From June '17 - April '19  I was freelance visual designer in Waternet's online team. 
I designed new functionalities within 3-week sprints,
thought along with the product owners about
expanding and improving the website(s), and I 
further expanded the online identity. I also started with a design system in Sketch.

What I liked
I have been a Waternet customer for many years myself so I knew the points for improvement. The team was free to proactively create user stories  for improvement. There was a  lot of room for change and improvement. Waternet works strict agile and in my time here I became an agile pro.  Sometimes even a substitute scrummaster. I kind of liked the structure and  I enjoyed working in a close team.

My job
Visual design, concepting.

Warm Welkom
The first thing new customers of Waternet receive is a water tax bill or a drinking water bill. This is not a "warm", friendly introduction and could be done in a different way. Most customers don't even know what a water company is offering them in exchange of the bill/tax they pay.

What we did
In a 1-week design sprint with a small team we made a demo from the most voted idea and this was tested the same week with stakeholders and customers. I designed a new complementary style with some new colours and elements which are also used on the paper map. 

A welcoming concept for new customers who have just moved to a Waternet area, consisting of a paper map of the water area of their new hometown with assets (showpieces) from Waternet that can be visited. Through a QR code an online map can be visited.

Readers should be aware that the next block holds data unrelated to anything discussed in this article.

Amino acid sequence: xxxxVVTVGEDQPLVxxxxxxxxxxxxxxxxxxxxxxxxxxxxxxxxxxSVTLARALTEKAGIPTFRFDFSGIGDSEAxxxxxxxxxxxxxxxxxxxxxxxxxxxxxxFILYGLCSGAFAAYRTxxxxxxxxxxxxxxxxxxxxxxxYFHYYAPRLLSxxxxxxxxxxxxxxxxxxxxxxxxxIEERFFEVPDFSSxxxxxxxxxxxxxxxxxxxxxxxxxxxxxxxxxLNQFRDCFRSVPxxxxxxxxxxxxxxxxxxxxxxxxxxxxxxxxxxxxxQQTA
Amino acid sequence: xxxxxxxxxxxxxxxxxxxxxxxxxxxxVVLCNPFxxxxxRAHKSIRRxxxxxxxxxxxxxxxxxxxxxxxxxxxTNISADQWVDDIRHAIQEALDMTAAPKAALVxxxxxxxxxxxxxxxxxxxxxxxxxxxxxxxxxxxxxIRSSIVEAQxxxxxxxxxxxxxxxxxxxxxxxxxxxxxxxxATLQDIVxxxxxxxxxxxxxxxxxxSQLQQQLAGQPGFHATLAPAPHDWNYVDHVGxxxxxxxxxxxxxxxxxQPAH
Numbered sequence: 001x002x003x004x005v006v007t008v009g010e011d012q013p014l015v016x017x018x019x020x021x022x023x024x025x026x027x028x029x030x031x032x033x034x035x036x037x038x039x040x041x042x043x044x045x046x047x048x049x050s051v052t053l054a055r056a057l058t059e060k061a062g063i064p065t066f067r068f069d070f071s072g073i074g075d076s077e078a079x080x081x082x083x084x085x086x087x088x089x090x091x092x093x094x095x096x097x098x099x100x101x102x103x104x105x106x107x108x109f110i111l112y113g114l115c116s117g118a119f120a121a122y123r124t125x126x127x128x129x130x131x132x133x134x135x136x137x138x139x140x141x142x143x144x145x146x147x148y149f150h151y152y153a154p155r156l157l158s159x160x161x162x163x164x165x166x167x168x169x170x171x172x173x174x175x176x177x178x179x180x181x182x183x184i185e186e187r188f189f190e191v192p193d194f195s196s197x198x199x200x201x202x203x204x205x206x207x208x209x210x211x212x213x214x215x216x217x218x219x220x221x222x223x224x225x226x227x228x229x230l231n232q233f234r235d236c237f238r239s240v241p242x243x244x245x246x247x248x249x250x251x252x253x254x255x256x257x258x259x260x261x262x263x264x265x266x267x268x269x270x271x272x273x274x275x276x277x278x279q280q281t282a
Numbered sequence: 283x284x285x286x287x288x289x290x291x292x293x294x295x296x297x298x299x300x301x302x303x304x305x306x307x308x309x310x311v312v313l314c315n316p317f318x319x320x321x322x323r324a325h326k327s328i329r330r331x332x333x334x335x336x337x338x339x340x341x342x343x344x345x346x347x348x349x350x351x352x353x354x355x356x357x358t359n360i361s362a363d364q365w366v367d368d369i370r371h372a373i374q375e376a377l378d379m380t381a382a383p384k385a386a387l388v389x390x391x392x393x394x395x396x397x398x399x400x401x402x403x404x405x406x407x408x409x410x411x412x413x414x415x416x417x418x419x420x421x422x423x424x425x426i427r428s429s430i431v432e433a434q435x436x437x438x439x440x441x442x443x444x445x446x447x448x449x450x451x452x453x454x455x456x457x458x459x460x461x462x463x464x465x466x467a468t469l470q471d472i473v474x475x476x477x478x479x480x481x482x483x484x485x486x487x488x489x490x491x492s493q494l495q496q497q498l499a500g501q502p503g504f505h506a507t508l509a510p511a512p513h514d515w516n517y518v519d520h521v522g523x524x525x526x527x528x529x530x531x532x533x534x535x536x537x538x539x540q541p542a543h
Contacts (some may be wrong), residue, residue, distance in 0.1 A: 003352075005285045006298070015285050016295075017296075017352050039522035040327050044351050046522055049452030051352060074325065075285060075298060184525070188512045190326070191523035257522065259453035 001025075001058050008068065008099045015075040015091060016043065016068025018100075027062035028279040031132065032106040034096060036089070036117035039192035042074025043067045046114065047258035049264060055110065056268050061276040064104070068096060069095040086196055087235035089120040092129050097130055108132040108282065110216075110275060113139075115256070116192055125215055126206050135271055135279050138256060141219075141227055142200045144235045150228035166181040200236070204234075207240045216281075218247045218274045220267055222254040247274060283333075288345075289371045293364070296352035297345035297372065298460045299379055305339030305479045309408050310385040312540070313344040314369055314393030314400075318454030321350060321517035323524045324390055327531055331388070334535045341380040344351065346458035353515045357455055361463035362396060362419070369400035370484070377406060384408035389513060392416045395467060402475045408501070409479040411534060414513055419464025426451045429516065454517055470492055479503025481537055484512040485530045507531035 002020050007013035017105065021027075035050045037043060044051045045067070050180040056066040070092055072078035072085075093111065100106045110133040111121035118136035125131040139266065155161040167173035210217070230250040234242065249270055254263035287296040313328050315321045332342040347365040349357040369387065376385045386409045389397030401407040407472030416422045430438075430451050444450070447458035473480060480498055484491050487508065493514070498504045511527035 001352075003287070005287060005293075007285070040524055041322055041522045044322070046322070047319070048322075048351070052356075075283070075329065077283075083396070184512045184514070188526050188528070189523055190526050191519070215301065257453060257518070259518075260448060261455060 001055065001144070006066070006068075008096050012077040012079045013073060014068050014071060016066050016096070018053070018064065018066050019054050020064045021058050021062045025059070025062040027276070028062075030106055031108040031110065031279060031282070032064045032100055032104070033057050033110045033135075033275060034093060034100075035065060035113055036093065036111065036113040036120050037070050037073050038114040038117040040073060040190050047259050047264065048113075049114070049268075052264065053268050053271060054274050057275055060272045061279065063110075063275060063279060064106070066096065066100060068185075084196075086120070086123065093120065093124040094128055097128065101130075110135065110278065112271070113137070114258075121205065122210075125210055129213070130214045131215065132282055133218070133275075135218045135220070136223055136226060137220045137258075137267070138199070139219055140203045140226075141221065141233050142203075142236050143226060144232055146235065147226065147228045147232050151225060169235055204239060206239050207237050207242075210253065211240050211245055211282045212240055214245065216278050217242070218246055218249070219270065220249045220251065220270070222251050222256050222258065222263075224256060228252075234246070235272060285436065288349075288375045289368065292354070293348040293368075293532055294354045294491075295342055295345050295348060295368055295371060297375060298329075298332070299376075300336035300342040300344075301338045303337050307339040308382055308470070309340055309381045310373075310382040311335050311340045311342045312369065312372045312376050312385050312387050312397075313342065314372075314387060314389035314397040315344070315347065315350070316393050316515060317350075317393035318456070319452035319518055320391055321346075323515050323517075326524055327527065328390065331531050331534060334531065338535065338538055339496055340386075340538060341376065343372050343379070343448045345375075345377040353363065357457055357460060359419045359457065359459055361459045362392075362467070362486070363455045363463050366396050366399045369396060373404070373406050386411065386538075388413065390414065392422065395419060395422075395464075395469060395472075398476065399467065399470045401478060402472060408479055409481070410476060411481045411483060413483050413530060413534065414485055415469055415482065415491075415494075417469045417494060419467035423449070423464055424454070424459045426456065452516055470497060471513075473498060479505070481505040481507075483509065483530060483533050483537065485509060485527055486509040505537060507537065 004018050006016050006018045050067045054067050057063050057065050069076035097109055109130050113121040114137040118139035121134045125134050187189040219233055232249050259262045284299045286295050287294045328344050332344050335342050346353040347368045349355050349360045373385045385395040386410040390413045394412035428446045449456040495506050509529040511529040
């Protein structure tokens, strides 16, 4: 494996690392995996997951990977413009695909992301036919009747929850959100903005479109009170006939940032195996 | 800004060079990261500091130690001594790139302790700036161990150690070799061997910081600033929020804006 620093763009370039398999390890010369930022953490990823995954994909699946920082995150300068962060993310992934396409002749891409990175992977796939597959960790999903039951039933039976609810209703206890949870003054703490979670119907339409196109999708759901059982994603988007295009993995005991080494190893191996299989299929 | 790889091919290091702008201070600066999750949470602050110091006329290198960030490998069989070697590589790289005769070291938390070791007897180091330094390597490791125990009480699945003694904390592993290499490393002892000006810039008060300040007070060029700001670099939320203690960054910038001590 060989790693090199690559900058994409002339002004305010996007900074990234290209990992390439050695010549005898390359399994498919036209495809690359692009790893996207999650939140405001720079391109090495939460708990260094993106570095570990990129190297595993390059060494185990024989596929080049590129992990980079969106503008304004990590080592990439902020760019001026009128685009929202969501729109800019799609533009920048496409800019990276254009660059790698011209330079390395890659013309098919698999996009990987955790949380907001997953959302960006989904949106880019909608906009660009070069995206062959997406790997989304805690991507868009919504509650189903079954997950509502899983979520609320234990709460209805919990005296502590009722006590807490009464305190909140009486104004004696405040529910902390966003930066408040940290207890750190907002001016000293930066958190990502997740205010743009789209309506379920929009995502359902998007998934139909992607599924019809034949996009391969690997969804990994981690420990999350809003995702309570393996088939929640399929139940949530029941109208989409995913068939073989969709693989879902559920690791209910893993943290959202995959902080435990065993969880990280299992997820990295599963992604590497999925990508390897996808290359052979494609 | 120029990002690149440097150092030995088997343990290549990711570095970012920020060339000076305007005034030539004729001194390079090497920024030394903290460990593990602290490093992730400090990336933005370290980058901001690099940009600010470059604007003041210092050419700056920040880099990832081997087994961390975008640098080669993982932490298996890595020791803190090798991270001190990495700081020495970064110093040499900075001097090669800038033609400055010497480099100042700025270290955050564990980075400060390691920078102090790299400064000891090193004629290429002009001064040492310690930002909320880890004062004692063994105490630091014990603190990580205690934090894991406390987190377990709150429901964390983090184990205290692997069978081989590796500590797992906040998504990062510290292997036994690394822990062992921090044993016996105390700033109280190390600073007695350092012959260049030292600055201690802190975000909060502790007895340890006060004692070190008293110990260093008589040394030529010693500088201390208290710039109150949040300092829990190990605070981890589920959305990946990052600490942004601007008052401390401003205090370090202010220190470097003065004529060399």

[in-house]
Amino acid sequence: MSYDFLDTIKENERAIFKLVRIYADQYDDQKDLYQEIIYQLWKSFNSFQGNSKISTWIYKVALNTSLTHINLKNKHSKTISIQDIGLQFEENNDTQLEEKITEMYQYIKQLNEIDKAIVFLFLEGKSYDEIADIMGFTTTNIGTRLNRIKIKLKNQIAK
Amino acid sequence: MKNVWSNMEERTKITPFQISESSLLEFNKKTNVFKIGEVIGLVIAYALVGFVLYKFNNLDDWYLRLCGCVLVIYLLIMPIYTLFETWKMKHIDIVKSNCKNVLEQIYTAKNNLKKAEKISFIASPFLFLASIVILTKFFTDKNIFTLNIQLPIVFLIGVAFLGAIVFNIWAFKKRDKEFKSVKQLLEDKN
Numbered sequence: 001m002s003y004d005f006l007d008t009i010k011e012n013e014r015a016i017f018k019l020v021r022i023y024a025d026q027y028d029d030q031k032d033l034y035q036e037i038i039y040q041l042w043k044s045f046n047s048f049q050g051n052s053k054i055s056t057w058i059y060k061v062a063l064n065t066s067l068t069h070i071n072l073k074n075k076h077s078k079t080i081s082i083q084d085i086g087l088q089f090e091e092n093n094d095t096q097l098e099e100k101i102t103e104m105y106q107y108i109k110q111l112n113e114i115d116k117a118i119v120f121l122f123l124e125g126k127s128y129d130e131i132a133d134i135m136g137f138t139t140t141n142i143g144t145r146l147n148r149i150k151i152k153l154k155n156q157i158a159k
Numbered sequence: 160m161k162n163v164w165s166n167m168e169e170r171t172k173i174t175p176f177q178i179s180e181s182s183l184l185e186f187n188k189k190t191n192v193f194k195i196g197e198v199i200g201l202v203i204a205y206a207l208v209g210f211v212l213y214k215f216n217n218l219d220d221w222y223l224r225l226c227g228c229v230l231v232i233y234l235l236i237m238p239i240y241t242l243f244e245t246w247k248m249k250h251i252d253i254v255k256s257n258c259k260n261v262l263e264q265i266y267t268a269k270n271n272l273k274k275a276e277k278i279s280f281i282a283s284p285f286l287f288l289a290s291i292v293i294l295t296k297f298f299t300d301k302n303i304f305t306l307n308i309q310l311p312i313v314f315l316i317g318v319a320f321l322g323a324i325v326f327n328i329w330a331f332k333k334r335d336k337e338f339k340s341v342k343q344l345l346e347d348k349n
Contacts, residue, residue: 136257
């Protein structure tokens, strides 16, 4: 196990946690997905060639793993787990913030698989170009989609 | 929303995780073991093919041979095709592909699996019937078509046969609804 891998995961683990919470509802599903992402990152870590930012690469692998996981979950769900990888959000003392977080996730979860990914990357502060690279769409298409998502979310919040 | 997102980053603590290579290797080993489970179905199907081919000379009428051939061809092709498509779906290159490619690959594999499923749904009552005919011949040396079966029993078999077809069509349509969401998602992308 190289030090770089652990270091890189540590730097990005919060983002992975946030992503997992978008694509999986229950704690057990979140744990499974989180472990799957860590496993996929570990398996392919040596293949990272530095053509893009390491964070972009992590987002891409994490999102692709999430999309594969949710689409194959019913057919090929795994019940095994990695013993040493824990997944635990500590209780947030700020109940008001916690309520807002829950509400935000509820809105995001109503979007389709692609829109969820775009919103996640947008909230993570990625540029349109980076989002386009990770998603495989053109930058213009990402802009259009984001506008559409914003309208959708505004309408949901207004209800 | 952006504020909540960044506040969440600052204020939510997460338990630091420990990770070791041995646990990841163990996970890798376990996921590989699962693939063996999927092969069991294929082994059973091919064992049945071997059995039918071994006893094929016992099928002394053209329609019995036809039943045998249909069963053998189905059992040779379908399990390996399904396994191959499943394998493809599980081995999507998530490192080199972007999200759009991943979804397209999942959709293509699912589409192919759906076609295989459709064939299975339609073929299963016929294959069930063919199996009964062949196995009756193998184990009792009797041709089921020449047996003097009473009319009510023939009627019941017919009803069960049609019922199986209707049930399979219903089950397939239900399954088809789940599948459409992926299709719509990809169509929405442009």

On forehand we did research in the pilot area to see if the public was up for this kind of "fun" information. The outcome was positive. People were surprised when they heard that Waternet not only wanted to receive money from them, but was also responsible for pumping stations, water mills, clean recreational water, etc.

Ilustration language
It turned out to be difficult to find suitable and stylish visual material for 
Many pages within the site are different and are not yet in the planning for further development. 
A lack of recognizable, clear and responsive image language.

What we did
After making an inventory and the conclusion that many pages deal with multiple aspects of water use and encourage the user to take action, I thought it would be a good idea to work with illustrations which in the large versions would be a kind of mood boards and in the mobile versions an aspect of those mood boards.

My friend and illustratorAnnabelle Wallis worked out the illustrations and icons.
(I am more of an interface designer myself. )

A recognisable consistent illustration style.​​​​​​​
More work I did for Waternet:
In the 20 months that I worked there, I designed many elements and components. 
Among other things, everything that can be seen on the following pages, 
from the main navigation to the footer:​​​​​​​

The funnel for submitting your water consumption:​​​​​​​ 
(you have to log in for this, view images) 
The funnel for participating in Water policy issues: ​​​​​​

Agenda, tablet version